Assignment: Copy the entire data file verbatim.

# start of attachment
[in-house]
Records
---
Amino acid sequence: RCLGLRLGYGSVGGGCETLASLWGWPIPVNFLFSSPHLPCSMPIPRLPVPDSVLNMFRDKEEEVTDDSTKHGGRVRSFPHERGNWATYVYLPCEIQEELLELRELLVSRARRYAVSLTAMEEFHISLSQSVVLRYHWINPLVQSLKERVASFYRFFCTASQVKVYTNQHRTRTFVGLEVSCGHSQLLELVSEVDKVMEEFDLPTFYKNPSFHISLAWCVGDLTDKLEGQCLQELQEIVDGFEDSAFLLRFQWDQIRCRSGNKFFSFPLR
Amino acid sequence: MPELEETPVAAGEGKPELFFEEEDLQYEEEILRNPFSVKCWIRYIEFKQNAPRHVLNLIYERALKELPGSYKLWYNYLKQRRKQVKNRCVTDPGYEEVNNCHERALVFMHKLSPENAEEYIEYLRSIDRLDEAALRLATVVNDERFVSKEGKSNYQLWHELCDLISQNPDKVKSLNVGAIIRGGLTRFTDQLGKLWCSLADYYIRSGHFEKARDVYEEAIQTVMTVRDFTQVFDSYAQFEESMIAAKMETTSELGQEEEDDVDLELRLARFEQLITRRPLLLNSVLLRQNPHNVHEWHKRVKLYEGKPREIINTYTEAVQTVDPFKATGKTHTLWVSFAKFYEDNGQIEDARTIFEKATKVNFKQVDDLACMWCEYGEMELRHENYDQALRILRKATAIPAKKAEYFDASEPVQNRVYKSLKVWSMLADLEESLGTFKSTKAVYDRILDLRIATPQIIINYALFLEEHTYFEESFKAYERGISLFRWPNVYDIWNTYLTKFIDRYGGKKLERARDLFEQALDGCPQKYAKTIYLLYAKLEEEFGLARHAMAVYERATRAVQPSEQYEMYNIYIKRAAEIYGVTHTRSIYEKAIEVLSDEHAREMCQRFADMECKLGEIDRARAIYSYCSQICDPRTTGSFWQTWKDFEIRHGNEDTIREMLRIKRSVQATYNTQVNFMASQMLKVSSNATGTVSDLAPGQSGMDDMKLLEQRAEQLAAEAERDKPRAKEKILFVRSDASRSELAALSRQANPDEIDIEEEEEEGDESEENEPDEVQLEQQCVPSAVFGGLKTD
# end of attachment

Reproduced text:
[in-house]
Records
---
Amino acid sequence: RCLGLRLGYGSVGGGCETLASLWGWPIPVNFLFSSPHLPCSMPIPRLPVPDSVLNMFRDKEEEVTDDSTKHGGRVRSFPHERGNWATYVYLPCEIQEELLELRELLVSRARRYAVSLTAMEEFHISLSQSVVLRYHWINPLVQSLKERVASFYRFFCTASQVKVYTNQHRTRTFVGLEVSCGHSQLLELVSEVDKVMEEFDLPTFYKNPSFHISLAWCVGDLTDKLEGQCLQELQEIVDGFEDSAFLLRFQWDQIRCRSGNKFFSFPLR
Amino acid sequence: MPELEETPVAAGEGKPELFFEEEDLQYEEEILRNPFSVKCWIRYIEFKQNAPRHVLNLIYERALKELPGSYKLWYNYLKQRRKQVKNRCVTDPGYEEVNNCHERALVFMHKLSPENAEEYIEYLRSIDRLDEAALRLATVVNDERFVSKEGKSNYQLWHELCDLISQNPDKVKSLNVGAIIRGGLTRFTDQLGKLWCSLADYYIRSGHFEKARDVYEEAIQTVMTVRDFTQVFDSYAQFEESMIAAKMETTSELGQEEEDDVDLELRLARFEQLITRRPLLLNSVLLRQNPHNVHEWHKRVKLYEGKPREIINTYTEAVQTVDPFKATGKTHTLWVSFAKFYEDNGQIEDARTIFEKATKVNFKQVDDLACMWCEYGEMELRHENYDQALRILRKATAIPAKKAEYFDASEPVQNRVYKSLKVWSMLADLEESLGTFKSTKAVYDRILDLRIATPQIIINYALFLEEHTYFEESFKAYERGISLFRWPNVYDIWNTYLTKFIDRYGGKKLERARDLFEQALDGCPQKYAKTIYLLYAKLEEEFGLARHAMAVYERATRAVQPSEQYEMYNIYIKRAAEIYGVTHTRSIYEKAIEVLSDEHAREMCQRFADMECKLGEIDRARAIYSYCSQICDPRTTGSFWQTWKDFEIRHGNEDTIREMLRIKRSVQATYNTQVNFMASQMLKVSSNATGTVSDLAPGQSGMDDMKLLEQRAEQLAAEAERDKPRAKEKILFVRSDASRSELAALSRQANPDEIDIEEEEEEGDESEENEPDEVQLEQQCVPSAVFGGLKTD